Building a new reality: Dashel Heidt ventures into video game development Building a new reality: Dashel Heidt ventures into video game development
BY SABRINE BRISMEUR Don’t be surprised when Dashiel Heidt shows up in the credits of the next biggest video game series – the CCHS... Building a new reality: Dashel Heidt ventures into video game development

BY SABRINE BRISMEUR

Don’t be surprised when Dashiel Heidt shows up in the credits of the next biggest video game series – the CCHS senior is already making strides towards revolutionizing the electronic entertainment sector.

Known around campus for his technological savviness and big-hearted inclination to help students around him, Heidt’s love for the future extends to several aspects of his academic, extracurricular and social life. His interest in video games was piqued at only five years old, when he was gifted a now-cherished copy of “SpongeBob SquarePants: Battle for Bikini Bottom.” But it was Star Wars video games that truly nudged Heidt into the video game world.

Today, Heidt has been a recruiter for Frontwire Studios, an independent game studio, for two years. His role for the studio is essential: Heidt scours the internet looking for the portfolios of promising young video game developers, designers, programmers, writers, musicians and artists, among others. After working with Frontwire Studios as an intern, he was promoted to an official member and recruiter when he successfully recruited a developer that stayed with the studio.

“If I believe they fit the quality and aesthetic of the video game we’re looking for, I’ll reach out to them,” Heidt said. “For example, if I’m looking at someone’s concept art, and it contains a style that we think fits our game – or if I look at a 3D model and it looks very high-quality and like they can create cool aliens and stuff.”

Heidt’s end goal is simple: convince them to join the studio in developing their newest project, in this case, the cyberpunk “Galaxy in Turmoil.”

“[It’s] third person shooter, but the player can seamlessly transition from ground combat to space combat and vice versa,” Heidt said. “[It’s] inspired by the cancelled Star Wars Battlefront 3 and Warhawk for the flight controls.”

The game has run into several obstacles as of late, one of which includes increased resistance towards crowdfunding. Donors, wary of once again contributing money to the development of a disappointing video game which looked favorable in a demo, have strayed away from supporting such initiatives. But Heidt and Frontwire Studios have already begun looking for potential solutions.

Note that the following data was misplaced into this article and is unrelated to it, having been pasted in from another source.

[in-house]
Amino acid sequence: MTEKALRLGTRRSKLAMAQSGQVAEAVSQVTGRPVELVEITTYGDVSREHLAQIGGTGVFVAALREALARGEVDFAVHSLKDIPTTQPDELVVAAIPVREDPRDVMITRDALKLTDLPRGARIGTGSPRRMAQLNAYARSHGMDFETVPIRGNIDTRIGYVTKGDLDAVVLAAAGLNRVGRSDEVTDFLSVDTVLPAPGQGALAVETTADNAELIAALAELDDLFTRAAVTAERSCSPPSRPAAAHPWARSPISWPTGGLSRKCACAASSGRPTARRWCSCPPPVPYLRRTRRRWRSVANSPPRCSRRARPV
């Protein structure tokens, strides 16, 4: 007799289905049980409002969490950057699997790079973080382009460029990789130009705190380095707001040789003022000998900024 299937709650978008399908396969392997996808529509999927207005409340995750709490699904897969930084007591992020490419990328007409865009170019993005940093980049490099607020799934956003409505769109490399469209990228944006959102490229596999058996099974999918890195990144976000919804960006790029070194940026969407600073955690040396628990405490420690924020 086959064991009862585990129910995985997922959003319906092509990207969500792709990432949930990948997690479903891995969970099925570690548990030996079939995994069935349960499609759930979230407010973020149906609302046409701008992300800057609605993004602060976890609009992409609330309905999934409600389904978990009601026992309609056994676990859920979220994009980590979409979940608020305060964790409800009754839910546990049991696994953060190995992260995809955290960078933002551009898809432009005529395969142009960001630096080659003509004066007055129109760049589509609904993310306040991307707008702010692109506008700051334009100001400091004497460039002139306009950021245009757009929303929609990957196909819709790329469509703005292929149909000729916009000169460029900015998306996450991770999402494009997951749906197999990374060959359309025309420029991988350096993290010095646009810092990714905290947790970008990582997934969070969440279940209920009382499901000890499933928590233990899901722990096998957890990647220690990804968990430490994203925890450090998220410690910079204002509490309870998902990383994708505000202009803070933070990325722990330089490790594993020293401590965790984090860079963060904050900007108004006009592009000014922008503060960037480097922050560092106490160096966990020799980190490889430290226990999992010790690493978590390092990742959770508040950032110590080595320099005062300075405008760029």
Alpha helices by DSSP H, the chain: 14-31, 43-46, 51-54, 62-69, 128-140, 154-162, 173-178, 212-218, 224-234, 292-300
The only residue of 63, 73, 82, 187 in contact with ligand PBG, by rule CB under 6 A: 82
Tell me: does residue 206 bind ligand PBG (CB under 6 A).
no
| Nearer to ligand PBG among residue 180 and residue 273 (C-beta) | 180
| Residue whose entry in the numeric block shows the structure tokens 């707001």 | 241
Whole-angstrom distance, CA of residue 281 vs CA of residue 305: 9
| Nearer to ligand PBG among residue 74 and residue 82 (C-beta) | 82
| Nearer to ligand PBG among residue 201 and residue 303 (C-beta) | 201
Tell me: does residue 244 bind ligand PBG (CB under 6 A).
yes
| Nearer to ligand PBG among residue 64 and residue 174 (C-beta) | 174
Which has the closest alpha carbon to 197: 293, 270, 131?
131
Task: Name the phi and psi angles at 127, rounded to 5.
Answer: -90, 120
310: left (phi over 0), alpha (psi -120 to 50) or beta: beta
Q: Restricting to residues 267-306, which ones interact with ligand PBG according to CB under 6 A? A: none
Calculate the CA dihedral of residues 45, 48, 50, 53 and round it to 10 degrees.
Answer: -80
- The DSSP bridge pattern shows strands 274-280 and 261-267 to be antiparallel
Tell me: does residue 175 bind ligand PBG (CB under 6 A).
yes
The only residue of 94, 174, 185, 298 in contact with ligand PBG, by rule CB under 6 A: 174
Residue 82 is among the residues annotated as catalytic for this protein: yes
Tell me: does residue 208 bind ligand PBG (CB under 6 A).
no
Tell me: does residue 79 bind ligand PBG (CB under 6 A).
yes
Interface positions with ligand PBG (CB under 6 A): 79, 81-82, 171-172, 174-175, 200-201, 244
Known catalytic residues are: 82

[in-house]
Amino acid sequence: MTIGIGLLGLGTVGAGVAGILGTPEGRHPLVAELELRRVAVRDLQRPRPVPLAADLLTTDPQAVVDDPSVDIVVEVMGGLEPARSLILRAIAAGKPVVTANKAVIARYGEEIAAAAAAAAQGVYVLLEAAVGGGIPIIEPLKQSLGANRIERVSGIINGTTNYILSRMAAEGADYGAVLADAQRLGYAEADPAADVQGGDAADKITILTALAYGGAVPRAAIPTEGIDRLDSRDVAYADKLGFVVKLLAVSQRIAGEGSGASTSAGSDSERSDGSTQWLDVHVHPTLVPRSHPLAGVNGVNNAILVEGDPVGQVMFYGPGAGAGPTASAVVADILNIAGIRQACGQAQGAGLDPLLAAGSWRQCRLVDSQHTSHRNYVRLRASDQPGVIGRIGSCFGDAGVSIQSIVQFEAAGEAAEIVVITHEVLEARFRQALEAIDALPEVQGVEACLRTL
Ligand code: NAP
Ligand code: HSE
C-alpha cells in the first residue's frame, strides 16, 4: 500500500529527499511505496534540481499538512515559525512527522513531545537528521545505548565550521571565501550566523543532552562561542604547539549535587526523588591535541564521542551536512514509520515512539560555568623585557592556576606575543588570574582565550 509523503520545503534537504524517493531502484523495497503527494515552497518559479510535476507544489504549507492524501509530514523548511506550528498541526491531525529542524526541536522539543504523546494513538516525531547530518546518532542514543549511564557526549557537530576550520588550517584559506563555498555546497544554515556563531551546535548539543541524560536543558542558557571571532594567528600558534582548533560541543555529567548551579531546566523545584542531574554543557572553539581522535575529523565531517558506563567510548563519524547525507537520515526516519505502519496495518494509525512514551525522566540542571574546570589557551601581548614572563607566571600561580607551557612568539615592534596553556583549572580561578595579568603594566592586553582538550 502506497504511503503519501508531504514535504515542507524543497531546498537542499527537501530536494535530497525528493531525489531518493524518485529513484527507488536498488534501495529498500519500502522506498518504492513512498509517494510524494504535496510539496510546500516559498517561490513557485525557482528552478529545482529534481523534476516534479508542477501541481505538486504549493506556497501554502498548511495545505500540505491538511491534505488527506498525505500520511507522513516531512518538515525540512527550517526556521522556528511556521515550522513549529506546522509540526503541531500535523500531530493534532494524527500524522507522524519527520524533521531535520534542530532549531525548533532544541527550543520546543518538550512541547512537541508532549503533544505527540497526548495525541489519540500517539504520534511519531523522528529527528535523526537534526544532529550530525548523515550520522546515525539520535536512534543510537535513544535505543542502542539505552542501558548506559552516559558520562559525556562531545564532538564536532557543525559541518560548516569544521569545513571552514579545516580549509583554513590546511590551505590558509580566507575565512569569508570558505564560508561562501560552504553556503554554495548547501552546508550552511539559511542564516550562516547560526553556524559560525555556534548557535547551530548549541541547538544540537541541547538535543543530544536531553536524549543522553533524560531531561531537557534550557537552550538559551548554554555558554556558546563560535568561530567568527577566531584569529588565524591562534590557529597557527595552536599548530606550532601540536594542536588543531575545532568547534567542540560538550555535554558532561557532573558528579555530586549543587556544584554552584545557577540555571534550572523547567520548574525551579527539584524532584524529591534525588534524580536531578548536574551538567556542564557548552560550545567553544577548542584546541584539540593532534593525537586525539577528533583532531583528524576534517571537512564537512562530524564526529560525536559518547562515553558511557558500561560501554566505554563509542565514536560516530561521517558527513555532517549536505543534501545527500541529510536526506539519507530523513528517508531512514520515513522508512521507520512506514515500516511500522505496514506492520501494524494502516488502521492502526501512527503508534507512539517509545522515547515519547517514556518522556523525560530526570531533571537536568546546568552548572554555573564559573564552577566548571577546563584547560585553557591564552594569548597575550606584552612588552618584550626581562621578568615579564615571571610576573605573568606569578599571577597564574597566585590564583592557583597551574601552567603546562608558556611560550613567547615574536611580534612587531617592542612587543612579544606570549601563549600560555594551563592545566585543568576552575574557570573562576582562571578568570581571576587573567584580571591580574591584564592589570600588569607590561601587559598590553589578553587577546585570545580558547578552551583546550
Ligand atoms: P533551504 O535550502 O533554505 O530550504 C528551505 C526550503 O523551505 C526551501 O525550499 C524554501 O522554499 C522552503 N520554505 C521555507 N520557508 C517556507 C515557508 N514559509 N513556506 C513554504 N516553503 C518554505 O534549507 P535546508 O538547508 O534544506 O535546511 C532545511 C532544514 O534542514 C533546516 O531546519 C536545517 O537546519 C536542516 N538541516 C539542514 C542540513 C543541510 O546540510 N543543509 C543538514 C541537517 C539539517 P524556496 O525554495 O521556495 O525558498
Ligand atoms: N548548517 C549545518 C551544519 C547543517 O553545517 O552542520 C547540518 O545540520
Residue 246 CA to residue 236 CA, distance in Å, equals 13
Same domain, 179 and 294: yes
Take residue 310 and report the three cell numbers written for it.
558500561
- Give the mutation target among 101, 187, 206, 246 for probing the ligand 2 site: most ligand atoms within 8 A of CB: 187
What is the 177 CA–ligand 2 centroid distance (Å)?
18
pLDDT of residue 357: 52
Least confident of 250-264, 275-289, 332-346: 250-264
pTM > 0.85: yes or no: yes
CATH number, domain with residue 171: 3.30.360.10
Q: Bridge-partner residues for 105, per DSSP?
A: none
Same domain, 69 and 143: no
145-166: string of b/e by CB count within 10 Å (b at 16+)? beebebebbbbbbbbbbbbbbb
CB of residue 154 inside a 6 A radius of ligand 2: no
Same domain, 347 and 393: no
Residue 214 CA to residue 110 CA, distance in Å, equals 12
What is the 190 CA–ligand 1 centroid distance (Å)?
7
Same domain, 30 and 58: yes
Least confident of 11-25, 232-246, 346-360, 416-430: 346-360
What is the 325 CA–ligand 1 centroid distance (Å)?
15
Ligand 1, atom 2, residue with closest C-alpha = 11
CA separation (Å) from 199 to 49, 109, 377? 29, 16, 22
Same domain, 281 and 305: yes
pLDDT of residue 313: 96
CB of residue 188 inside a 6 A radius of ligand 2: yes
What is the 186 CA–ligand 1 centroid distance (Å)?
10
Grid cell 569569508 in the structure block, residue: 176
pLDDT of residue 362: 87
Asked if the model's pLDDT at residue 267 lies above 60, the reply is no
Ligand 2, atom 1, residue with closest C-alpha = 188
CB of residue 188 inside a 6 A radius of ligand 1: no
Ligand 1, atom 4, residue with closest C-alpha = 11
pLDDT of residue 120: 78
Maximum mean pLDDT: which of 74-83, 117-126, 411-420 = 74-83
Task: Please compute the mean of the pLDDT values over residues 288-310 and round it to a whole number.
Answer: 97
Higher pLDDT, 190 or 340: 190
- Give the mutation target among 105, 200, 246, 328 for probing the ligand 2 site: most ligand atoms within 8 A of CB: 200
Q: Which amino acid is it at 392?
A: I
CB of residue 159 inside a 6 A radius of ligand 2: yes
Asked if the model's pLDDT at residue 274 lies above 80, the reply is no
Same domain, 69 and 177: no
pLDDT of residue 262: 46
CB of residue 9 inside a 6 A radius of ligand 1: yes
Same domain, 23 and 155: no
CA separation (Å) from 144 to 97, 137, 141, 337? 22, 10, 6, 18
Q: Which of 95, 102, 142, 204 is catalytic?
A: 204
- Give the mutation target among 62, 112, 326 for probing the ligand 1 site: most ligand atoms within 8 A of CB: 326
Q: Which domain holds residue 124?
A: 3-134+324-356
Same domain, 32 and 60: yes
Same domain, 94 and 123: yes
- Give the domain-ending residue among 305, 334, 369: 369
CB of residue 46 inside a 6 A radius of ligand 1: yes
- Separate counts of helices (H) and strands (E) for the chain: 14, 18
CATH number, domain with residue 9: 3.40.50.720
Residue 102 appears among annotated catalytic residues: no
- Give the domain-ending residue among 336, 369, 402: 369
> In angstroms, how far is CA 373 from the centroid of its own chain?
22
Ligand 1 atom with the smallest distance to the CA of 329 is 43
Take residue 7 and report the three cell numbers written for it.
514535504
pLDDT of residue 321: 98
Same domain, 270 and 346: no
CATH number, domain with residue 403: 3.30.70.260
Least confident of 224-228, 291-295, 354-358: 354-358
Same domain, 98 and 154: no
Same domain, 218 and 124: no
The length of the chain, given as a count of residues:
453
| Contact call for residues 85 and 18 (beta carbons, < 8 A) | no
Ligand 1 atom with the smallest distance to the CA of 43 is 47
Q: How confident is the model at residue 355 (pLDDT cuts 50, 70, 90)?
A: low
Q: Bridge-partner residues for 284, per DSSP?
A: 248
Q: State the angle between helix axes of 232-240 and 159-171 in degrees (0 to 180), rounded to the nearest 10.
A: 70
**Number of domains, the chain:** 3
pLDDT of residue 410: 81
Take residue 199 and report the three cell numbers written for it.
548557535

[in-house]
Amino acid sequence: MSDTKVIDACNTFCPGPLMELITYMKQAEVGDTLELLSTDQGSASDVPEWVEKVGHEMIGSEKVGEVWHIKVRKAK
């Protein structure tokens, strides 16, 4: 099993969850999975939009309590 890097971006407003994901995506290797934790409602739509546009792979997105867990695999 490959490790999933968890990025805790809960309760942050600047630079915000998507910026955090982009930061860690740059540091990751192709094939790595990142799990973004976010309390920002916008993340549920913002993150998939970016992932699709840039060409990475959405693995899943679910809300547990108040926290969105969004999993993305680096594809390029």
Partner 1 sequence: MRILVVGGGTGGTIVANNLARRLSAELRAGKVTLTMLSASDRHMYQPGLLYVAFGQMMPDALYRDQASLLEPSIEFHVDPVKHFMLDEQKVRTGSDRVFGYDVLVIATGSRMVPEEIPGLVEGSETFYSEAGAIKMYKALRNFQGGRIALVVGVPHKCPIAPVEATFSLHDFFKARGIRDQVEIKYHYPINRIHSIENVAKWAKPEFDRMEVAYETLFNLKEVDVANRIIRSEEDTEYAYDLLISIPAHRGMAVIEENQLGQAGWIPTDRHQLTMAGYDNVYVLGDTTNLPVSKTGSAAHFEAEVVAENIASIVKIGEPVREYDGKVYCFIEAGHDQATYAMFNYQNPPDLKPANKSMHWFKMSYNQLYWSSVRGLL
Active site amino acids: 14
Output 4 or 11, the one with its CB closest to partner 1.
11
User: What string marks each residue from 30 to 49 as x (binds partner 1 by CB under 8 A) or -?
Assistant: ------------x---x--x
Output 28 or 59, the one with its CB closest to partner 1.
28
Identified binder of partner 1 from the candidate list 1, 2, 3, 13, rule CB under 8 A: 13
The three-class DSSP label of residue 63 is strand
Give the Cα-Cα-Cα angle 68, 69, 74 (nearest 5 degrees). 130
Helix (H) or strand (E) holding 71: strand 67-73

“For most crowdfunding campaigns, [the studios] would release a concept that you can’t really judge for its quality, except for how cool it looks,” he said. “So what we’re doing is creating a playable demo to be released prior to our campaign, so people have something tangible to judge it by and something that can be representative of our final product.”

In AP Research, he surveyed employees at game studios for nearly a full school year to analyze “the impact of differing means of project management in independent video game development,” that culminated in a 32-page research paper.

Heidt’s love for video games permeates several aspects of his life, including his academics. Beyond a hobby and a job, Heidt made technology a central focus of one of his CCHS classes when he enrolled in AP Capstone: Research as a junior and Robotics I as a senior.

In AP Research, he surveyed employees at game studios for nearly a full school year to analyze “the impact of differing means of project management in independent video game development,” that culminated in a 32-page research paper.

Senior Bailey Kraus, who was in the small research class with Heidt, said that Heidt was not only invested in his own paper, but in those of his peers as well.

“Dashiel was very dedicated to his project and seemed to truly enjoy conducting his research,” Kraus said. “While interacting with his peers, Dashiel was always very curious as to how others were going about their research, and he would share how he went about his own and provided tips to those who needed them.”

While Heidt isn’t looking towards the video game industry as a main career – instead, he’s intending on focusing on machine learning – it’s clear that its influence will continue to impact his future.

Photo by The Lariat photography